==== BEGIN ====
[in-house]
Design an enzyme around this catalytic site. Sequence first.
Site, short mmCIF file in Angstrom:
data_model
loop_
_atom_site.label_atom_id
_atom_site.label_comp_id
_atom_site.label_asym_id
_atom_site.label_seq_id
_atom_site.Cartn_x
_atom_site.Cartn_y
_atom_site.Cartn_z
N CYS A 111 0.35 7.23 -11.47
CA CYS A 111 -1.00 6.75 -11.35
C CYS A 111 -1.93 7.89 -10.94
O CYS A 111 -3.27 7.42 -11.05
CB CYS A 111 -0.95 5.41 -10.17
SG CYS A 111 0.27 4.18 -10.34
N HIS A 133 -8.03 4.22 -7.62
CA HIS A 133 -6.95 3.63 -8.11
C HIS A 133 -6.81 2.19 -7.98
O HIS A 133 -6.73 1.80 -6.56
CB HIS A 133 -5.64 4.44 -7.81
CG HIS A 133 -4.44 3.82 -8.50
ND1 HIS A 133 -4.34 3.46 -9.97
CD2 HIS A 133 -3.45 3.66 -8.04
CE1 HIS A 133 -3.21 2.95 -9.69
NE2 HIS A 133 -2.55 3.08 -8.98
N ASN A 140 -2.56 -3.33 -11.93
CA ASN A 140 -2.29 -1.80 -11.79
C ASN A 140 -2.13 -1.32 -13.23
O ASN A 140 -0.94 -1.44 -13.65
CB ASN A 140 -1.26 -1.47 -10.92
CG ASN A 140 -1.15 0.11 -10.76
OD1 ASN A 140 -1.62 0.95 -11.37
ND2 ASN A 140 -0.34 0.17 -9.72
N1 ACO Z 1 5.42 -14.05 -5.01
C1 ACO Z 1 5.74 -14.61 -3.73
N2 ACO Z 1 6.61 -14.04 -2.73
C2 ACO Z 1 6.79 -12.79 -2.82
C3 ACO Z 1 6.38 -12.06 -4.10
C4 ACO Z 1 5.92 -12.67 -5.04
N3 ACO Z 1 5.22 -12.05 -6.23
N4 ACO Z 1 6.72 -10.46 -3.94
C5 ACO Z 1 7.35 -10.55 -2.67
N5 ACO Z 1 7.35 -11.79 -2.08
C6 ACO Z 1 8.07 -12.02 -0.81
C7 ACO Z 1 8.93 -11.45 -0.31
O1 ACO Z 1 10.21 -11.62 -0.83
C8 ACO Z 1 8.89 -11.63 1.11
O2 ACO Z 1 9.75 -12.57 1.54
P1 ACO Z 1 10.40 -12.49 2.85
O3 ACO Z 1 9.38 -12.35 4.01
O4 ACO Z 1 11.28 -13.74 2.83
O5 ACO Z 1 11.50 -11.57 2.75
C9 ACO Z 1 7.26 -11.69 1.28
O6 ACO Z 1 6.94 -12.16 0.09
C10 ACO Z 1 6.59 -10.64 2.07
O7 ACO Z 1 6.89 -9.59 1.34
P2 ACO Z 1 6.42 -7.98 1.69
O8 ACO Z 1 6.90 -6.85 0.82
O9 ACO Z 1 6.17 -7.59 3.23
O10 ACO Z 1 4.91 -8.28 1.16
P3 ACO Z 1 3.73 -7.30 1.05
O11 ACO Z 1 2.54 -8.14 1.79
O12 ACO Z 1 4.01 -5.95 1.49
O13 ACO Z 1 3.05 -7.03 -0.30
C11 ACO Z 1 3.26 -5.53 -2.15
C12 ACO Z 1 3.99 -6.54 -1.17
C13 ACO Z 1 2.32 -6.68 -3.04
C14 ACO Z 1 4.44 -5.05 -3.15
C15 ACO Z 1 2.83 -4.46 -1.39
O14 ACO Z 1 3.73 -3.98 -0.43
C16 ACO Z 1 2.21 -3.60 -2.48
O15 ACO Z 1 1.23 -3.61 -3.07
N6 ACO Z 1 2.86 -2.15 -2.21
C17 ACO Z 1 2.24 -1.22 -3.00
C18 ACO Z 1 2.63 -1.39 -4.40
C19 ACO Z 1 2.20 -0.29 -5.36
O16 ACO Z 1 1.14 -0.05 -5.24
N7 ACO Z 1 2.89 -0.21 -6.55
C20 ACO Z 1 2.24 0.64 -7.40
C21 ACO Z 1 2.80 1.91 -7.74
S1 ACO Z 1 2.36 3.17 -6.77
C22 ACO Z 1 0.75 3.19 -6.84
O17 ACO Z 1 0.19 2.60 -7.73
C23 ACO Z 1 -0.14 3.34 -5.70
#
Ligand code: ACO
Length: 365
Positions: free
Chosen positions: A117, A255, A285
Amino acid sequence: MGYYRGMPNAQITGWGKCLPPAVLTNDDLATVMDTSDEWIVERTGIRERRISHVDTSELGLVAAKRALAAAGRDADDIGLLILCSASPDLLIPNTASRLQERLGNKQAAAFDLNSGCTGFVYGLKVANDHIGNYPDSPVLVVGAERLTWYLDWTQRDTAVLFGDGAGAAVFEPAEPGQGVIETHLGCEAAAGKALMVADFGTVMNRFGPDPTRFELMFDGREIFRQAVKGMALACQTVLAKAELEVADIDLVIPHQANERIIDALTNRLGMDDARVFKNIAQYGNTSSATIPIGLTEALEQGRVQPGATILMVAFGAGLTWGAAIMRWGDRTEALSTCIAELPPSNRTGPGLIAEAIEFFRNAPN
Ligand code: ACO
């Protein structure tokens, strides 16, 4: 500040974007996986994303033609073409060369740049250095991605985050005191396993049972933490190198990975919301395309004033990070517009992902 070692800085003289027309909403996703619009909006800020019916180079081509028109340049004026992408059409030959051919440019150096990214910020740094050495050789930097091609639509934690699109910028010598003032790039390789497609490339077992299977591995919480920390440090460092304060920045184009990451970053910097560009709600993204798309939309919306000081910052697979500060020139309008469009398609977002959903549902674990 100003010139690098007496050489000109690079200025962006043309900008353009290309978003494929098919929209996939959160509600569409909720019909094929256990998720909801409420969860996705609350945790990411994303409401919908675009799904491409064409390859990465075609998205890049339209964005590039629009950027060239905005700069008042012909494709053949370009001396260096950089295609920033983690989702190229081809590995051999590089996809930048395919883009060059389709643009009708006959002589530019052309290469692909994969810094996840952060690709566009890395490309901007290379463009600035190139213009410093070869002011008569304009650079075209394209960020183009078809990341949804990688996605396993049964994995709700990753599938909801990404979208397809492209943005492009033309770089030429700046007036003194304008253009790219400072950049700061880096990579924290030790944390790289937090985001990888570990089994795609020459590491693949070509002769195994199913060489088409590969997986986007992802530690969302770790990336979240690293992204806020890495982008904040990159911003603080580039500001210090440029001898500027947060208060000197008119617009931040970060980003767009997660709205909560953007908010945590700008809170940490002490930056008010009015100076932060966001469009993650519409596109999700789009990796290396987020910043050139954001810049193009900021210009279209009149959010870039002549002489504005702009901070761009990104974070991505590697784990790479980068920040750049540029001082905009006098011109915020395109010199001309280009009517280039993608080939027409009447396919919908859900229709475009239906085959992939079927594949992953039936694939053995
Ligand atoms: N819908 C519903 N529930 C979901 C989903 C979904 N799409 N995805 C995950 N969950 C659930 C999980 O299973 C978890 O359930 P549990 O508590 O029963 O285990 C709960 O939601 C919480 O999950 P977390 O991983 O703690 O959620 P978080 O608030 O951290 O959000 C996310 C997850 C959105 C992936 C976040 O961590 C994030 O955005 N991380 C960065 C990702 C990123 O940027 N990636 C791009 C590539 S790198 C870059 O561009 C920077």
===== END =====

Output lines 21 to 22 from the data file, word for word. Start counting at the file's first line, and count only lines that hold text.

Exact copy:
C HIS A 133 -6.81 2.19 -7.98
O HIS A 133 -6.73 1.80 -6.56